It’s a recipe that is bitter sweet for David and Helen Walshaw of Te Horo who have nurtured and manicured their eight hectares of rich alluvial soils on the banks of the Ōtaki River for the past 15 years.
The temperate micro-climate of Te Horo has produced some of New Zealand’s finest olive oils. However, it’s time to find a new custodian for the couple’s award-winning Kapiti Olives.
“It’s been a great journey but now we would like to move on and enjoy our next adventure, that hopefully will involve more travel,” David says. “We have a lot of interest [from prospective buyers], but it’s a different thing fronting up with the money.”
David says the land will be developed “over my dead body” if any buyer might like the prime riverside land for commercial or residential development, given the motorway construction increasing access to the region.
“I won’t sell unless it’s someone enthusiastic and passionate about the olives and the brand we have built up,” he says. “We are one of the biggest groves in New Zealand, but it’s tiny. It will be sad to leave this, but it’s time for us.”
Kapiti Olives has been awarded numerous accolades from their industry peers from the very beginning. Last month they took out their 10th gold medal with Best in Show at the 2019 New Zealand Extra Virgin Olive Oil Awards in Wellington.
Before that, they were awarded a gold medal for the fifth year running at Auckland’s Royal Easter Show.
Last season, Kapiti Olives’ 2300 trees netted on average 28kg of olives per tree, much more than most other orchards that get closer to 10kg. A total of 7600 litres of oil was produced from their 2019 harvest.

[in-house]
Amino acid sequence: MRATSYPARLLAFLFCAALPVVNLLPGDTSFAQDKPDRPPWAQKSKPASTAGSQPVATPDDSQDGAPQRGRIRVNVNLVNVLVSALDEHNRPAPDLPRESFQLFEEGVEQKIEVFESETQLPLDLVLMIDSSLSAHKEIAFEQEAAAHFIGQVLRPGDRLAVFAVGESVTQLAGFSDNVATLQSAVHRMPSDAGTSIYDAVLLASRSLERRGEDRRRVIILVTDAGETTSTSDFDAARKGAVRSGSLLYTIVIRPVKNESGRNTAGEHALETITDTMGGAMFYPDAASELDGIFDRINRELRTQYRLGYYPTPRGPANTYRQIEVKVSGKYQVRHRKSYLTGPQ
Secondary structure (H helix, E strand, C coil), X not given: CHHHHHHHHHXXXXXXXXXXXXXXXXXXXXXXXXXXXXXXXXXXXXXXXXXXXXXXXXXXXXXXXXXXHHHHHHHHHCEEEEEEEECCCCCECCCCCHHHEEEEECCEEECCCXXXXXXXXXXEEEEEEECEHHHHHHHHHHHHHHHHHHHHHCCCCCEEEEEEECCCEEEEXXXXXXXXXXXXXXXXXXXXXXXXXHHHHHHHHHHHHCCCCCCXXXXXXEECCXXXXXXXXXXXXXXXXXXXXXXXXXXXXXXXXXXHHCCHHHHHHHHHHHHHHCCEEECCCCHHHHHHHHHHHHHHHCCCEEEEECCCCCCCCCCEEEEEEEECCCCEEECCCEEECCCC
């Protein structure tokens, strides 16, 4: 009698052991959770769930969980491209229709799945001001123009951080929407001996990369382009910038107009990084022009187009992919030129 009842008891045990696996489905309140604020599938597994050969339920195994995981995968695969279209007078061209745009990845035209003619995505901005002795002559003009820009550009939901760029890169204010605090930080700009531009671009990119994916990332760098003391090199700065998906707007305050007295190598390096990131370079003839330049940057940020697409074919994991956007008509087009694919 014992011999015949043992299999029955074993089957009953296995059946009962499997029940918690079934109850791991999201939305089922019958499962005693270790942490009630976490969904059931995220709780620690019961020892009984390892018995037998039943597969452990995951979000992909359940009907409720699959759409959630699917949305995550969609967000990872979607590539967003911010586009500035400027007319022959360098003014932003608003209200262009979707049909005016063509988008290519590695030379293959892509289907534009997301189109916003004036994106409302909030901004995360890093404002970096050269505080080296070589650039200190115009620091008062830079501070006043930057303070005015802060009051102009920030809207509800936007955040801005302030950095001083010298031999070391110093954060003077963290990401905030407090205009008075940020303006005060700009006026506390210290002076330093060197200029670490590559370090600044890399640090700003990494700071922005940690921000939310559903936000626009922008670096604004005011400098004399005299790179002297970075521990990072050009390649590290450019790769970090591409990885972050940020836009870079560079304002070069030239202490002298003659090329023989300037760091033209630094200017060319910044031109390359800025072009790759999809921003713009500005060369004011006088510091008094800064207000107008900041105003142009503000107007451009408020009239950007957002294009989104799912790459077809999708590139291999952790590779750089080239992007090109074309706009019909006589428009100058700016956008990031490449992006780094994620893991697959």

“We get a very high catchment and it has got progressively better and better since we planted our first tree in 2004,” David says. “This year there were more medium taste oils produced across the country, whereas last year, they were mild and delicate, and some intense.
“Every season is different.
“We usually harvest in June, so the timing of ripeness, the climate, all impact the final oil. Our Frantoio oil is probably the most popular blend and sold in supermarkets.
“People are very loyal to a particular oil they like, as it’s an unknown product to many, so when they see an award on the bottle, that makes it more attractive.”
The grove grows five varieties derived from Italian, Spanish and Greek olive trees, and produces four different oils: from full fruity and more robust to a mild fruity smooth oil.
David was a Wellington banker and financial adviser for 25 years before putting on his gumboots and pruning trees in his award-winning olive groves near Ōtaki.
“Having a business that’s quite involving, in whole lots of ways, you still feel like there’s work to be done, but it’s all been worth it. It’s difficult to be successful with olive production, as it’s all about economies of scale.”
The land is river silt and free draining, making it ideal for growing. Te Horo has boasted several olive groves over the years with growers including Alistair Bridge, Graham Harris and Craig Garner.